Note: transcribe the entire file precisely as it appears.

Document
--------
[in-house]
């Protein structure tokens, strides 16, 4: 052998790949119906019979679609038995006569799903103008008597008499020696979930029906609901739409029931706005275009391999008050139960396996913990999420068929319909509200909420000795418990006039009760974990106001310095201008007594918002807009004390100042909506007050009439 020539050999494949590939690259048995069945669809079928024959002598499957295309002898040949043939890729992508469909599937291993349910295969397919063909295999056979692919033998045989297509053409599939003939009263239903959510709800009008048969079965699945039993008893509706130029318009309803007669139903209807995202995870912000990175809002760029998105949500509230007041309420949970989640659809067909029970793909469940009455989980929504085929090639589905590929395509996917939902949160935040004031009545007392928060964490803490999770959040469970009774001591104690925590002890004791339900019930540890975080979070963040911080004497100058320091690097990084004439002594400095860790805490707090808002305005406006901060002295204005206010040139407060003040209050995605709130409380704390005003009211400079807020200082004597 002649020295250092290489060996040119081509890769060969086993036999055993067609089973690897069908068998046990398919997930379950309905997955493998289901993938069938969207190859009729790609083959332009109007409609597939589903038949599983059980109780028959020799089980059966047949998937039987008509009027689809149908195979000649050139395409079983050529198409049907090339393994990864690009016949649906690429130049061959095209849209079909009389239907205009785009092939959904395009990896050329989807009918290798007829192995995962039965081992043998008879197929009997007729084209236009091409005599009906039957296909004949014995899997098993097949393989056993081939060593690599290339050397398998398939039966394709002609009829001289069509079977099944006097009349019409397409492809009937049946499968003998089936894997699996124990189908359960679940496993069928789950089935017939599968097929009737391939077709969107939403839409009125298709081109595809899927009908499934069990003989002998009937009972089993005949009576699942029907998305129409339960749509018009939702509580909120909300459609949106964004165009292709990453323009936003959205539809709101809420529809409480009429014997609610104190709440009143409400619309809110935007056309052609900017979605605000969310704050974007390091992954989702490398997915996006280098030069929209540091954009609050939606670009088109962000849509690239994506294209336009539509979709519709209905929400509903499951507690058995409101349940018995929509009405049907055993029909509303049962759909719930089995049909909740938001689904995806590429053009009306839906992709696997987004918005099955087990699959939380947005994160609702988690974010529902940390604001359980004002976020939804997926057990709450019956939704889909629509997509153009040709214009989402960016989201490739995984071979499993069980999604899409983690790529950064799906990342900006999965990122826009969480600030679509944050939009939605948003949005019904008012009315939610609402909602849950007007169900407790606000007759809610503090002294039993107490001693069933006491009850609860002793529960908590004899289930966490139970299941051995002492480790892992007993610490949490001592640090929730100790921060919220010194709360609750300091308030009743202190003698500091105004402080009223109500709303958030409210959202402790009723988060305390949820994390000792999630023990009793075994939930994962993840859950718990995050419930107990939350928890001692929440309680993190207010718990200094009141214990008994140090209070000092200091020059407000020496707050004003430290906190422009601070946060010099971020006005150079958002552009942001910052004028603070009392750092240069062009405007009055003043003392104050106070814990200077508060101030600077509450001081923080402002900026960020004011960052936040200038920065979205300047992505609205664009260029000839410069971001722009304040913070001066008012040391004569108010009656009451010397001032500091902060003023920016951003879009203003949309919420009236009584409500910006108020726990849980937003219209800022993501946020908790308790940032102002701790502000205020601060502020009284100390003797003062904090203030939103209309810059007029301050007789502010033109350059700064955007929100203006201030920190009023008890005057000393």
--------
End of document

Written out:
[in-house]
């Protein structure tokens, strides 16, 4: 052998790949119906019979679609038995006569799903103008008597008499020696979930029906609901739409029931706005275009391999008050139960396996913990999420068929319909509200909420000795418990006039009760974990106001310095201008007594918002807009004390100042909506007050009439 020539050999494949590939690259048995069945669809079928024959002598499957295309002898040949043939890729992508469909599937291993349910295969397919063909295999056979692919033998045989297509053409599939003939009263239903959510709800009008048969079965699945039993008893509706130029318009309803007669139903209807995202995870912000990175809002760029998105949500509230007041309420949970989640659809067909029970793909469940009455989980929504085929090639589905590929395509996917939902949160935040004031009545007392928060964490803490999770959040469970009774001591104690925590002890004791339900019930540890975080979070963040911080004497100058320091690097990084004439002594400095860790805490707090808002305005406006901060002295204005206010040139407060003040209050995605709130409380704390005003009211400079807020200082004597 002649020295250092290489060996040119081509890769060969086993036999055993067609089973690897069908068998046990398919997930379950309905997955493998289901993938069938969207190859009729790609083959332009109007409609597939589903038949599983059980109780028959020799089980059966047949998937039987008509009027689809149908195979000649050139395409079983050529198409049907090339393994990864690009016949649906690429130049061959095209849209079909009389239907205009785009092939959904395009990896050329989807009918290798007829192995995962039965081992043998008879197929009997007729084209236009091409005599009906039957296909004949014995899997098993097949393989056993081939060593690599290339050397398998398939039966394709002609009829001289069509079977099944006097009349019409397409492809009937049946499968003998089936894997699996124990189908359960679940496993069928789950089935017939599968097929009737391939077709969107939403839409009125298709081109595809899927009908499934069990003989002998009937009972089993005949009576699942029907998305129409339960749509018009939702509580909120909300459609949106964004165009292709990453323009936003959205539809709101809420529809409480009429014997609610104190709440009143409400619309809110935007056309052609900017979605605000969310704050974007390091992954989702490398997915996006280098030069929209540091954009609050939606670009088109962000849509690239994506294209336009539509979709519709209905929400509903499951507690058995409101349940018995929509009405049907055993029909509303049962759909719930089995049909909740938001689904995806590429053009009306839906992709696997987004918005099955087990699959939380947005994160609702988690974010529902940390604001359980004002976020939804997926057990709450019956939704889909629509997509153009040709214009989402960016989201490739995984071979499993069980999604899409983690790529950064799906990342900006999965990122826009969480600030679509944050939009939605948003949005019904008012009315939610609402909602849950007007169900407790606000007759809610503090002294039993107490001693069933006491009850609860002793529960908590004899289930966490139970299941051995002492480790892992007993610490949490001592640090929730100790921060919220010194709360609750300091308030009743202190003698500091105004402080009223109500709303958030409210959202402790009723988060305390949820994390000792999630023990009793075994939930994962993840859950718990995050419930107990939350928890001692929440309680993190207010718990200094009141214990008994140090209070000092200091020059407000020496707050004003430290906190422009601070946060010099971020006005150079958002552009942001910052004028603070009392750092240069062009405007009055003043003392104050106070814990200077508060101030600077509450001081923080402002900026960020004011960052936040200038920065979205300047992505609205664009260029000839410069971001722009304040913070001066008012040391004569108010009656009451010397001032500091902060003023920016951003879009203003949309919420009236009584409500910006108020726990849980937003219209800022993501946020908790308790940032102002701790502000205020601060502020009284100390003797003062904090203030939103209309810059007029301050007789502010033109350059700064955007929100203006201030920190009023008890005057000393």